Priority: Invest in the state’s children’s hospitals to ensure that South Carolina’s most precious resource, our children, can continue to receive state-of-the-art health care in our state. Obtain state funding for FY 2020-2021 to address children’s hospital technology and infrastructure needs.
Background: Over 60% of the children cared for by SC’s children’s hospitals are funded through Medicaid, a health insurance program funded with state and federal funds. Medicaid reimbursement does not cover the cost of care – let alone the costs incurred to maintain infrastructure and technology. Funding received from other sources, i.e. commercial insurers and philanthropy does not cover the gap, leaving the children’s hospitals without adequate funding to maintain infrastructure and technology. Without this investment, South Carolina’s children’s hospitals will be unable to keep pace with the facility and technology requirements needed to provide state-of-the-art care for children.
Priority: Pass legislation allowing emergency medical services technicians to honor pediatric do-not-resuscitate orders for children with a terminal illness.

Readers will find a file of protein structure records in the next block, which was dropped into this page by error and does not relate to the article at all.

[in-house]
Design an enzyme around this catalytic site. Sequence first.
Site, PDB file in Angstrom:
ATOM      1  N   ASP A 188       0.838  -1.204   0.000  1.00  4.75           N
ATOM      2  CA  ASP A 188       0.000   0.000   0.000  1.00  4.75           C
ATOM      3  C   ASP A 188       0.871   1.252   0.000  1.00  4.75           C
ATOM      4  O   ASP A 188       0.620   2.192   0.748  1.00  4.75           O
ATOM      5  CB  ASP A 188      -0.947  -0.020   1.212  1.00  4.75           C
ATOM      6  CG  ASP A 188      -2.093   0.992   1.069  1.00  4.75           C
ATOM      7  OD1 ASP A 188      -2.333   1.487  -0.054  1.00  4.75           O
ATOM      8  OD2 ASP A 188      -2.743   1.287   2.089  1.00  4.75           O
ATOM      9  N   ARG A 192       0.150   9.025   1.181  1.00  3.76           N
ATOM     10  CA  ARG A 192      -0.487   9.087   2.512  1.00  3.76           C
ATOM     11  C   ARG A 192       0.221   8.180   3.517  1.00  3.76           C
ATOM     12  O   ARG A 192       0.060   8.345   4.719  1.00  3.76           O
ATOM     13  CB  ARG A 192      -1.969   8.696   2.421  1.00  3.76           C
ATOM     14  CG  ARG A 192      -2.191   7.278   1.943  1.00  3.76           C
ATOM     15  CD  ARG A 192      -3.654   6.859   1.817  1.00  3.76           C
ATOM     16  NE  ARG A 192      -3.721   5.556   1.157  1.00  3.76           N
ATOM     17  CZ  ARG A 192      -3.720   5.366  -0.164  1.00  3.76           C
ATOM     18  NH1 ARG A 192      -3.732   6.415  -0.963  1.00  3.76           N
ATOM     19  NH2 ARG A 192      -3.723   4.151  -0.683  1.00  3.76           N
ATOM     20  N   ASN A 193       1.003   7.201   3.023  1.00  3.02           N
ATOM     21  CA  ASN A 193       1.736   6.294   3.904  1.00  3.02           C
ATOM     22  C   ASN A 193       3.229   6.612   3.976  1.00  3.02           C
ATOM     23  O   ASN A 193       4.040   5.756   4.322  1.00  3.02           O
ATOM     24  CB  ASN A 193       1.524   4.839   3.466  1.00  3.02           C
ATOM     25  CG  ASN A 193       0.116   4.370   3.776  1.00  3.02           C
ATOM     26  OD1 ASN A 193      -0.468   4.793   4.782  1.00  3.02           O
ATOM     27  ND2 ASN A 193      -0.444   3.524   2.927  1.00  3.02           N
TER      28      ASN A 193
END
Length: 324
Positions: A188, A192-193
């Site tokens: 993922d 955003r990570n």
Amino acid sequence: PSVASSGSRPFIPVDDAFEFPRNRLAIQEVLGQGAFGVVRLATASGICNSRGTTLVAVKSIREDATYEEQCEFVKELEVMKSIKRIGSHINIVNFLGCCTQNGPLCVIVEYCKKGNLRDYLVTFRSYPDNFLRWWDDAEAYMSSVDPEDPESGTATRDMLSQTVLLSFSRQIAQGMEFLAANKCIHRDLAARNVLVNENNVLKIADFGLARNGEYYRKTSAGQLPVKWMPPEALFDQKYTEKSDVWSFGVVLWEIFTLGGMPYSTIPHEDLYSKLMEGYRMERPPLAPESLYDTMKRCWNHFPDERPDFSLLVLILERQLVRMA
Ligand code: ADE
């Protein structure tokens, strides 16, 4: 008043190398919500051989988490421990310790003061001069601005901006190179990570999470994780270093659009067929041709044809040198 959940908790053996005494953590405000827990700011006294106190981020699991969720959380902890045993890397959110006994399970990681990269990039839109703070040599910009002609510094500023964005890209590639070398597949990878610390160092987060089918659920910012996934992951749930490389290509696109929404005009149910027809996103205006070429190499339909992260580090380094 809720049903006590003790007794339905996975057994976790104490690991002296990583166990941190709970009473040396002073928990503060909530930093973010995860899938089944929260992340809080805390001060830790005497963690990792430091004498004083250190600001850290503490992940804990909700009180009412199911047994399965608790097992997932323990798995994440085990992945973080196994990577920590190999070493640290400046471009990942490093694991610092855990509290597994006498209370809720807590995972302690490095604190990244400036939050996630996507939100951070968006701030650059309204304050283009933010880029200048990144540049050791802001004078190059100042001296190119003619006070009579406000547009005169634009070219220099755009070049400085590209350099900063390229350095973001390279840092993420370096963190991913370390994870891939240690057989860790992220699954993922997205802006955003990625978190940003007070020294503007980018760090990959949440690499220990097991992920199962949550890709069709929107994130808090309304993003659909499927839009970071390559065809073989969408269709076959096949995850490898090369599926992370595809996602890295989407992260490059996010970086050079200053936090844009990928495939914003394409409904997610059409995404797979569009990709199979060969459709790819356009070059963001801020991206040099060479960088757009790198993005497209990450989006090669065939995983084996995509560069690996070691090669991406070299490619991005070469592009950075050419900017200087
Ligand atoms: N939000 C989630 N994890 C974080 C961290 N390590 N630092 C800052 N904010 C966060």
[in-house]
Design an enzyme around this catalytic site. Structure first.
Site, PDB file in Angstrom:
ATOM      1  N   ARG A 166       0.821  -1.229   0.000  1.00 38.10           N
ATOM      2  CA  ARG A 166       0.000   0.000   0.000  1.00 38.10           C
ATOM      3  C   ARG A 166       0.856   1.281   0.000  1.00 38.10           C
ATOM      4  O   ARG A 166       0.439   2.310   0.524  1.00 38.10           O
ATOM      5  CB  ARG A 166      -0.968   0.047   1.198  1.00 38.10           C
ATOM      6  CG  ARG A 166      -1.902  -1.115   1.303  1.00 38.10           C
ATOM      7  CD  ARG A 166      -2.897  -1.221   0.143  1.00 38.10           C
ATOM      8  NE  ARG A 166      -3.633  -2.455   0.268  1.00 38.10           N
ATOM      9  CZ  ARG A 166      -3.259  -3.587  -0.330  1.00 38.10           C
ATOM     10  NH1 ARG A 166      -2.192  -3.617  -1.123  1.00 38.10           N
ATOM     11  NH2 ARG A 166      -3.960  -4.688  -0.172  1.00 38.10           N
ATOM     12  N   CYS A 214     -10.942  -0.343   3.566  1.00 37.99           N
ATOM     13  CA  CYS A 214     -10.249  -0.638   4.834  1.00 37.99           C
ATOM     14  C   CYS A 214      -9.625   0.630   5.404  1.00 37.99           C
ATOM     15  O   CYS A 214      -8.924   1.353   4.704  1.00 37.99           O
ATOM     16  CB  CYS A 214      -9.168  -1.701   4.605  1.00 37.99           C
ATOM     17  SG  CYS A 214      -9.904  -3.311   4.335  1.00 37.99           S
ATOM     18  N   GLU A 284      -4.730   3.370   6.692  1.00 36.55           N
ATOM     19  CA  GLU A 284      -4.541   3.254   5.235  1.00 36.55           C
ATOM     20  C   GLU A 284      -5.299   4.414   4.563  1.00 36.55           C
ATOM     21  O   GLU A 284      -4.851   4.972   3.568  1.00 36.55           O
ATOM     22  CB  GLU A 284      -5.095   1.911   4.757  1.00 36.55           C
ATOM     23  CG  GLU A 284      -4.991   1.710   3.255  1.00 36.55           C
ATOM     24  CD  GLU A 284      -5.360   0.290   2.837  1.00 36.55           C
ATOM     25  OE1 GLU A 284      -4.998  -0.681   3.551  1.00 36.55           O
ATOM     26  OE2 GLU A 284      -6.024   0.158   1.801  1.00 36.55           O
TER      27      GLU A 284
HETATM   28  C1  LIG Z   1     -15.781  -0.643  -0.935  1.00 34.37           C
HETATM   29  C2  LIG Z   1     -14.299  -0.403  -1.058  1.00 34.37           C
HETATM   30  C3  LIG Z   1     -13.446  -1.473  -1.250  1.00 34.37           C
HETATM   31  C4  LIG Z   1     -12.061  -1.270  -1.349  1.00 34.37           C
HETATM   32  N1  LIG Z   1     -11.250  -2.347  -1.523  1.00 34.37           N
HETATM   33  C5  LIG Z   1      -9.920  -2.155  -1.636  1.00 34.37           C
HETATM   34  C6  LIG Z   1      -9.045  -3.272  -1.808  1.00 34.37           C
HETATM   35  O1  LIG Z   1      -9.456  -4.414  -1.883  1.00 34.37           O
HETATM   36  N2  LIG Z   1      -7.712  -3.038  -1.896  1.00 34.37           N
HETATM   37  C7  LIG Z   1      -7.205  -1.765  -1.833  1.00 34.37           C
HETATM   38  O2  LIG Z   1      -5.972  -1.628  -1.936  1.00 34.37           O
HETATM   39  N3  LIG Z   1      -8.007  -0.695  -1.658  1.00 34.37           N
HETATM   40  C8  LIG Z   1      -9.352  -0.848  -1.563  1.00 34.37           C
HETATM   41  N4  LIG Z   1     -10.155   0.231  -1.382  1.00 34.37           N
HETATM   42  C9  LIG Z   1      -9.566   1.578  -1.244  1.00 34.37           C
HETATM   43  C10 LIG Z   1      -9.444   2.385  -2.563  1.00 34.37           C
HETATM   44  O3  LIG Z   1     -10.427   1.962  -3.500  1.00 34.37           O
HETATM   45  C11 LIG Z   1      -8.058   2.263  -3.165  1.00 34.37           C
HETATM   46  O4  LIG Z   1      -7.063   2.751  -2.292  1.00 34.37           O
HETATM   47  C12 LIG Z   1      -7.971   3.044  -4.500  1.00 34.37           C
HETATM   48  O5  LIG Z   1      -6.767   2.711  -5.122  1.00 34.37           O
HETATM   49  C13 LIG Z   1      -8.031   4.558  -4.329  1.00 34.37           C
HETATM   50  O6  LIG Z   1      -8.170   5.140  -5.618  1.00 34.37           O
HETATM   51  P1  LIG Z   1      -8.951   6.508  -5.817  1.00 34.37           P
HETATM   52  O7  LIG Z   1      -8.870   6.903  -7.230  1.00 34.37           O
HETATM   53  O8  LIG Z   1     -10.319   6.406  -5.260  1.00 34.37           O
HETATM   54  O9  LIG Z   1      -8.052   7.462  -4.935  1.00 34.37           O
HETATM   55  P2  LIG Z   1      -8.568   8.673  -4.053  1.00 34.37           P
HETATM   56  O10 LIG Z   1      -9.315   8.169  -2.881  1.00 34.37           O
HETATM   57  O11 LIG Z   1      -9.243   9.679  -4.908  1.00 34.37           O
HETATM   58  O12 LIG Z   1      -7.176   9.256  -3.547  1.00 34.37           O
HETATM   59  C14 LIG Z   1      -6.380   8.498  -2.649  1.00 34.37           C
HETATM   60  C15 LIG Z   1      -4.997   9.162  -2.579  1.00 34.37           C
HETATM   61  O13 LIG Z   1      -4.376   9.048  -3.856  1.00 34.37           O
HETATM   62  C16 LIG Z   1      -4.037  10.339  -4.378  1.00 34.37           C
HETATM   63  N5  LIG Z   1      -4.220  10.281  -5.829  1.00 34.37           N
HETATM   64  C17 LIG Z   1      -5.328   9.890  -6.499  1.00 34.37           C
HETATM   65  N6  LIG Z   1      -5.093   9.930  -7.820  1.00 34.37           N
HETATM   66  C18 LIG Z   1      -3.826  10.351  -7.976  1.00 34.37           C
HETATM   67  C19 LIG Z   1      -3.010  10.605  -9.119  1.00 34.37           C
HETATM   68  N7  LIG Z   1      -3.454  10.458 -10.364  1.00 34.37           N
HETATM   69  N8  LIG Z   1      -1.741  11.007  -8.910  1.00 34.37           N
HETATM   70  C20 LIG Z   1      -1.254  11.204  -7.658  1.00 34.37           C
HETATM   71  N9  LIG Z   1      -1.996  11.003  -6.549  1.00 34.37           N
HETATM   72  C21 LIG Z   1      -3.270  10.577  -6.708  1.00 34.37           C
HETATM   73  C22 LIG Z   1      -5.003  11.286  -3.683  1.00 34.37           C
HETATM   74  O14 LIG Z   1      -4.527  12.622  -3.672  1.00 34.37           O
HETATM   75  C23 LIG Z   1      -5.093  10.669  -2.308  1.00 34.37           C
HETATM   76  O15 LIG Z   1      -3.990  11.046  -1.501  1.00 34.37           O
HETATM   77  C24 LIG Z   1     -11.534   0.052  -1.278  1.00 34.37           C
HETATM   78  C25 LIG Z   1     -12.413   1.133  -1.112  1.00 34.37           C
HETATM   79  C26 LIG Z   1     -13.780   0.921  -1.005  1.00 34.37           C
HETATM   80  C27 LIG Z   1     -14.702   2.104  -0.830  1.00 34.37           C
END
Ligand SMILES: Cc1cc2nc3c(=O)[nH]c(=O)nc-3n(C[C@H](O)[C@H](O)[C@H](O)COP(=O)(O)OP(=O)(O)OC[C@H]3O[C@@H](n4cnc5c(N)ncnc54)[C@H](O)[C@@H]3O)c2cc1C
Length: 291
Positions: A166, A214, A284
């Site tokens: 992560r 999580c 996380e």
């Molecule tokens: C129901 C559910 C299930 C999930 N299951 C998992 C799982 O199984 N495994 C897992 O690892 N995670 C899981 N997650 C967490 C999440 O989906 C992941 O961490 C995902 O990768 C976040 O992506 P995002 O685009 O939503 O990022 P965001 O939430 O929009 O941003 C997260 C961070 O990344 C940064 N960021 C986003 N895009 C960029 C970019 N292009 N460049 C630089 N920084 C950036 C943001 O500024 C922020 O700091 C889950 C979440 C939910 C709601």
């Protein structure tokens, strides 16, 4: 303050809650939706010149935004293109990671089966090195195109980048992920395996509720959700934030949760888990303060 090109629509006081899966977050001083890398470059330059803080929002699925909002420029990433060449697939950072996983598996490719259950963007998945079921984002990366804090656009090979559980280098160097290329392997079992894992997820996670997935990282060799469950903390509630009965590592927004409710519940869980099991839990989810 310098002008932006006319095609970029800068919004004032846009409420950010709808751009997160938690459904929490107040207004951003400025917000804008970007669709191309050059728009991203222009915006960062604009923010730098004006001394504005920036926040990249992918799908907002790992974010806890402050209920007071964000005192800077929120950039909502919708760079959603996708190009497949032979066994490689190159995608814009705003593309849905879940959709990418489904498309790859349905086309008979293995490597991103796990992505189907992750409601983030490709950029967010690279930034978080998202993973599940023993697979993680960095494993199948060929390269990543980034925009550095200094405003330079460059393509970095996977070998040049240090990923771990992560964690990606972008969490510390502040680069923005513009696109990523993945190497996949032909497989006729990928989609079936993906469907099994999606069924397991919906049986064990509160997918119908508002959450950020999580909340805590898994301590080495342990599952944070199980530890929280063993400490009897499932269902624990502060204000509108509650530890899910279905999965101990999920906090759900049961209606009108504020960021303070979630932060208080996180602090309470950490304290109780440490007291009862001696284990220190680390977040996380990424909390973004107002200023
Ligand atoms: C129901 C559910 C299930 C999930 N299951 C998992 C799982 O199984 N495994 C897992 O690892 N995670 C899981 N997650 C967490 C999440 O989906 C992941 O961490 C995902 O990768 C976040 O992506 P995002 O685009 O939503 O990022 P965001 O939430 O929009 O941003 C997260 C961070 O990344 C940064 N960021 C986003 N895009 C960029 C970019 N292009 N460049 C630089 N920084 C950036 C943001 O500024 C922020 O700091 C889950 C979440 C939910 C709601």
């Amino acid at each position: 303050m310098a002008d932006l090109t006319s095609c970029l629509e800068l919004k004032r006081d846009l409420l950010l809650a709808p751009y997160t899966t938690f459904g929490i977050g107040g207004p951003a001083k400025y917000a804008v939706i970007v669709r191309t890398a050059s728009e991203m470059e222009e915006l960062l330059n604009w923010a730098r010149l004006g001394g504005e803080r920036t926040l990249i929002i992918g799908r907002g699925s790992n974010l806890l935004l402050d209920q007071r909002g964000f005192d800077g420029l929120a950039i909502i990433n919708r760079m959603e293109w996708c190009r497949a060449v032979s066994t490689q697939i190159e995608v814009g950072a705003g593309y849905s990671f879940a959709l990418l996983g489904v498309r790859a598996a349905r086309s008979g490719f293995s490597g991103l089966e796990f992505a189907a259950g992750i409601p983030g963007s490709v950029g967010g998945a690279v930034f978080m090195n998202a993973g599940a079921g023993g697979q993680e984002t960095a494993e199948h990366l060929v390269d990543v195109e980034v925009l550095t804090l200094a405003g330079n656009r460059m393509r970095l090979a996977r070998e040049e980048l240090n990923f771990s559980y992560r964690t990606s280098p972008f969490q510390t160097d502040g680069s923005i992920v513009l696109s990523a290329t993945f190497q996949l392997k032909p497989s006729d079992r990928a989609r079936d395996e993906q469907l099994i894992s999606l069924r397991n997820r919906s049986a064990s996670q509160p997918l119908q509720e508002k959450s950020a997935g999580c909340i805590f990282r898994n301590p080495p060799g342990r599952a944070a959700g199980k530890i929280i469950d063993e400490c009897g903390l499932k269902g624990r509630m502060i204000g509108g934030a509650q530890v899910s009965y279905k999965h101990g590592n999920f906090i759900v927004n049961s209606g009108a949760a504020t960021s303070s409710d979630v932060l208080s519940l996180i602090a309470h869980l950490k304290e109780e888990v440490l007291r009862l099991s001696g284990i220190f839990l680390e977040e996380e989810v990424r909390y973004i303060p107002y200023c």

Background: Children with terminal illness routinely have do-not-resuscitate orders, commonly referred to as “DNR” orders. These orders are written at the request of the child’s parents or legal guardians after extensive consultation with the child’s physician. DNR orders allow for comfort care, i.e. pain control and breathing support, but do not allow for painful and medically futile resuscitative efforts such as electric shocks to the heart or intubation. DNR orders for children are honored in a healthcare setting such as a hospital, but South Carolina law currently prohibits emergency medical services (EMS) from honoring DNR orders for children.
Priority: Pass legislation to define child torture as a form of child abuse, distinguishing it from other forms of child abuse.
Background: Child torture is the most severe form of child abuse. The majority of children who are tortured end up dying. Research has shown that individuals who torture children have very poor rehabilitation prospects and a high rate of recidivism. Research has also shown that the torturer moves onto the next child after the child being tortured dies. As such, the siblings of a tortured child are at great risk – a risk that is substantially higher than other forms of abuse.
Legislation is needed to define child torture and distinguish it from other forms of abuse. Accurately defining what type of abuse is being perpetuated is essential for both social services and for the courts. Failure to accurately identify the type of abuse being perpetrated could result in a safety plan or a plan to reunify the family – a scenario that could be deadly if the parent or legal guardian is subjecting a child to torture